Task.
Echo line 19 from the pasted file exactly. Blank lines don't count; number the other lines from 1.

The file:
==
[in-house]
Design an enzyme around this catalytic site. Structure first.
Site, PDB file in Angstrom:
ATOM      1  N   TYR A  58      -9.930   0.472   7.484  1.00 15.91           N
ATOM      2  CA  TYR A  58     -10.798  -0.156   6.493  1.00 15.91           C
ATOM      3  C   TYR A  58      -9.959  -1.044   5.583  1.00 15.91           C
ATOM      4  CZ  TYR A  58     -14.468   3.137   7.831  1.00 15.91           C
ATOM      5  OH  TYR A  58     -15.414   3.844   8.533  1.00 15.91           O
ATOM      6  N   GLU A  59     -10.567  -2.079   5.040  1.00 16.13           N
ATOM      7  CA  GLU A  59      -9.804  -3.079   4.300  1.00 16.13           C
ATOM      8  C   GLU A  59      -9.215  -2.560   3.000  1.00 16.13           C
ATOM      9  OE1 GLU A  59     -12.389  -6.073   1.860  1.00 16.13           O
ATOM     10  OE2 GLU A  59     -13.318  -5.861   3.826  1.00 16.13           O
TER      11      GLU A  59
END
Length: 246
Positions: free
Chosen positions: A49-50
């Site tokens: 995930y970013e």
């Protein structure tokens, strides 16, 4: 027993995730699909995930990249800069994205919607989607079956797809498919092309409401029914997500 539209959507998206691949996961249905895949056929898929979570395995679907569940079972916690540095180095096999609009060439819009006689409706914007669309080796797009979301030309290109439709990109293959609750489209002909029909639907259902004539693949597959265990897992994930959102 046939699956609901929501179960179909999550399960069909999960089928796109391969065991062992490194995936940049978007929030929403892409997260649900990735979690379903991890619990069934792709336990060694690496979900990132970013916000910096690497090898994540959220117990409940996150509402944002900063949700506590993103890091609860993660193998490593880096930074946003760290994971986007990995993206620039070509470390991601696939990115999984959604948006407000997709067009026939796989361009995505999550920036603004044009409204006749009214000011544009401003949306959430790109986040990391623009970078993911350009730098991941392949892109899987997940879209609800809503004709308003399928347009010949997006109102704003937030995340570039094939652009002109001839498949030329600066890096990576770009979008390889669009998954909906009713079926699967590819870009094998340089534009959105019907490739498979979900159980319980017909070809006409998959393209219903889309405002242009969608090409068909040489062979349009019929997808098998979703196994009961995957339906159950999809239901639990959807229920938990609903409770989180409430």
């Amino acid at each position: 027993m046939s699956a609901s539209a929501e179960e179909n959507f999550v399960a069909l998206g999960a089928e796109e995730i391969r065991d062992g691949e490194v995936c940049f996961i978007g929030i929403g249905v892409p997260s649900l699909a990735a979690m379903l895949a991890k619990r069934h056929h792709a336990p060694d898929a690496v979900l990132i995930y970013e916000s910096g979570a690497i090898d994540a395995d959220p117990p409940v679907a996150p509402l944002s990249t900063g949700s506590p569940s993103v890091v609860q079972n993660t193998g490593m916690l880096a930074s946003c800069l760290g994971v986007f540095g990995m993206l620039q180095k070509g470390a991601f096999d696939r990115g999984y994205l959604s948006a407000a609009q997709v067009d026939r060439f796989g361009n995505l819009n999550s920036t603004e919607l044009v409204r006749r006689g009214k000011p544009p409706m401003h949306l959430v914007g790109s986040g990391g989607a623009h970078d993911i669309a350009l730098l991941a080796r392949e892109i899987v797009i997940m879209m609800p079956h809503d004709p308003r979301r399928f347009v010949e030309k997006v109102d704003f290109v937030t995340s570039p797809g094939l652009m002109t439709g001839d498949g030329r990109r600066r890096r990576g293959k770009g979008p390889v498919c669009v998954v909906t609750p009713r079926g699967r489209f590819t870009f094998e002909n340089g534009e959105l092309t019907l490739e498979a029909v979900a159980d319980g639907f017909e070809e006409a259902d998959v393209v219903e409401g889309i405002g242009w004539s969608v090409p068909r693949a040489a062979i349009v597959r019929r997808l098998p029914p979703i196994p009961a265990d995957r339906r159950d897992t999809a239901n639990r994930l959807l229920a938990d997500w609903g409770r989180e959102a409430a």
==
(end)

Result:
């Site tokens: 995930y970013e």